Transport Commissioner Violeta Bulc wants to stop companies that use legal loopholes to underpay truck drivers. The executive says social dumping is rampant among truckers who drive between multiple countries every month—and Bulc wants to clamp down this year.
Bulc is expected to propose rules on working conditions in road transport by the end of the year, as part of a three-pronged set of bills regulating the sector.
The Slovenian Commissioner spoke out yesterday (19 April) more strongly than ever in favour of guaranteeing truck drivers a minimum wage.
“If a driver stays in a country for a long period, or carries out activities in a given country regularly, then this driver should receive the minimum salary of the country in question,” Bulc said at a Brussels conference.
Denmark, Italy, Cyprus, Austria, Finland and Sweden are the only EU countries with no national minimum wage.
Bulc told reporters it’s still too early to share details on how truck drivers’ salaries could be regulated, including what length of time they would have to spend in one EU country to receive the national minimum wage.
“I want to find a solution between those member states with lower social standards and those with higher social standards,” Bulc said.
Last May, the Commission opened an infringement case against Germany for forcing foreign companies to pay truck drivers the German minimum wage of €8.50 per hour—even if they were just passing through the country. The Commission called that a breach of EU law.
The European Commission launched legal action against Germany on Tuesday (19 May), accusing the government of illegally applying the national minimum wage to a number of trucking and haulage companies from Austria, Poland and Hungary.
The road transport sector has gained a reputation for exploiting drivers, partly because of companies that set up offices in eastern European countries to take advantage of laxer labour laws.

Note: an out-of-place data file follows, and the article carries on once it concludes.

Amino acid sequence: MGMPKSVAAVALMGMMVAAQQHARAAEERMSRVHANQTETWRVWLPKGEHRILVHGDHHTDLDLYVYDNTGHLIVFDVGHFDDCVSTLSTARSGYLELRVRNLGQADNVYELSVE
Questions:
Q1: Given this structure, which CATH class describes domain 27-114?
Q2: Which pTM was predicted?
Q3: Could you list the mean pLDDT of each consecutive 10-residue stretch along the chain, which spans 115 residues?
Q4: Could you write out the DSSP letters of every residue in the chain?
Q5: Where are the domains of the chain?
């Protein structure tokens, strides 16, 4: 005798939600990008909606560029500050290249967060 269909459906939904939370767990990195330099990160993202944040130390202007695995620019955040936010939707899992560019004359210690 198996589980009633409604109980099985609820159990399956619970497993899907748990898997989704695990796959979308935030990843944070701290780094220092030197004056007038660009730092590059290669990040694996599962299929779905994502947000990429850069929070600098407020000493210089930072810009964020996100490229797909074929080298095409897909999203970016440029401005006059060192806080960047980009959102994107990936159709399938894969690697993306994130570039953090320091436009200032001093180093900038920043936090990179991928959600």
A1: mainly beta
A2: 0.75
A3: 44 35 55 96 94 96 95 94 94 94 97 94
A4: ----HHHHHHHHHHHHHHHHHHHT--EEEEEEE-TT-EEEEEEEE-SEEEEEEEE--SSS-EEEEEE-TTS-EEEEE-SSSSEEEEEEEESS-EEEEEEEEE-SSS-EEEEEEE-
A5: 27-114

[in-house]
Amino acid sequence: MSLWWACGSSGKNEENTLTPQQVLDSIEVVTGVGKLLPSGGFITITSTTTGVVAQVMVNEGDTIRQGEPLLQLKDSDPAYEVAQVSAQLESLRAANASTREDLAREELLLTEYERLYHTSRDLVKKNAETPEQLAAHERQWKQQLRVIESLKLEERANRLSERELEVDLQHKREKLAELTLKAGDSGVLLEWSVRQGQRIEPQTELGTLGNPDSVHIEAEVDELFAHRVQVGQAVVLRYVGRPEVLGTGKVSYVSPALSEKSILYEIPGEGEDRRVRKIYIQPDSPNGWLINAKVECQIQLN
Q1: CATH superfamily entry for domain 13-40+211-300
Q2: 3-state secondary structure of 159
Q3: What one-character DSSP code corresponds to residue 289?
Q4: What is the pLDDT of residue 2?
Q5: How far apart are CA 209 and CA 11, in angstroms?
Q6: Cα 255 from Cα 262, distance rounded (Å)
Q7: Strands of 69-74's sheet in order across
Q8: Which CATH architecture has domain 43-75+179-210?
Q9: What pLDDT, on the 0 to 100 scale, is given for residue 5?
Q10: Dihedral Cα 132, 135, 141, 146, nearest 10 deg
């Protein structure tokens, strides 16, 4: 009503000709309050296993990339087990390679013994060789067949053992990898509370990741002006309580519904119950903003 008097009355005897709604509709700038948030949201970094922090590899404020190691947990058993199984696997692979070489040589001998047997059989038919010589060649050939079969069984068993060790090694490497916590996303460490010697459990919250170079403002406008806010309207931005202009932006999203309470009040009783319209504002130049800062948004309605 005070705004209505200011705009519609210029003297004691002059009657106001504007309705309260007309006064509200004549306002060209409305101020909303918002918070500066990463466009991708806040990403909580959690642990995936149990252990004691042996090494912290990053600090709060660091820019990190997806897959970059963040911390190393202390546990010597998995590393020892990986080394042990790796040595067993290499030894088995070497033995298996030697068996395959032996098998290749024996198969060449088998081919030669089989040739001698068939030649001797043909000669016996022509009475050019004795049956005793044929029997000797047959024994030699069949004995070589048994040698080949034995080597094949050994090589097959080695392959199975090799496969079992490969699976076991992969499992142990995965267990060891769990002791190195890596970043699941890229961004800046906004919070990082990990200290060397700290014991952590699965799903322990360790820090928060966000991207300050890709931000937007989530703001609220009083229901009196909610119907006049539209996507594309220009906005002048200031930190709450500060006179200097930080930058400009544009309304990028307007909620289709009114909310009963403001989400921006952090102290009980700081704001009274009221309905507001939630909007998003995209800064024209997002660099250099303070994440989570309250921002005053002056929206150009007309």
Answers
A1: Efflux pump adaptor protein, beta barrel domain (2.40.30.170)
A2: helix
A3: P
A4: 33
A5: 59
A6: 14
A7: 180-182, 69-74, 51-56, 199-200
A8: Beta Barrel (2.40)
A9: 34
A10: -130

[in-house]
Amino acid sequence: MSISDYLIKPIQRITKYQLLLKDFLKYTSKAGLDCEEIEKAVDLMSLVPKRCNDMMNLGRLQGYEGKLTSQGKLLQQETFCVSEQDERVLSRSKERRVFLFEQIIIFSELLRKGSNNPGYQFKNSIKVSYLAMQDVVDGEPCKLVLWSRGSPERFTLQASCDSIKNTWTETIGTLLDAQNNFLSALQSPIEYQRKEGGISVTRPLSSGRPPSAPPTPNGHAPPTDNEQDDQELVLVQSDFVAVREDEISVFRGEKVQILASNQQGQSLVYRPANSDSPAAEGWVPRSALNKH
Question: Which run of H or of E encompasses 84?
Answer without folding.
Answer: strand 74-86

Bulc suggested that highway checkpoints where trucks are examined for certification and safety could also be used to make sure drivers aren’t breaking “cabotage” rules. Cabotage allows foreign drivers to stay within an EU country for up to seven days while still being subject to national laws of their home country.
Just days after the European Union passed new rules on posted workers to fight social abuses in the construction sector, France is back on the attack, this time asking for an update of cabotage rules in road freight. EurActiv France reports.
The Commission proposed new rules last month to reform how so-called posted workers are paid when employers send them to work in other EU countries.
During a visit to a highway checkpoint outside of Brussels yesterday, Bulc met with security operators from Belgium, the Netherlands, Germany and France.
When asked by journalists whether the Commission will set up a new EU agency to oversee road safety enforcement as part of its road transport proposals this year, Bulc said the highway operators she spoke with encouraged her to move on the idea.
“The controllers are very much for it. The proposal has been on the table for a while but I haven’t seen the member states pushing for it,” she said.
Bulc also told reporters she wants to speed up the development of driverless cars.
“I don’t like to drive,” the commissioner said, adding that driverless cars should be a “social innovation” that help disabled and elderly people travel.
She also said the technology can improve road safety figures in the EU. Bulc revealed that she is “frustrated because we’re putting so much into road safety”. There were slightly more road deaths recorded in Europe in 2015 than in 2014.
EU Transport Commissioner Violeta Bulc is turning to driverless cars as a way to improve the bloc’s floundering record on road deaths.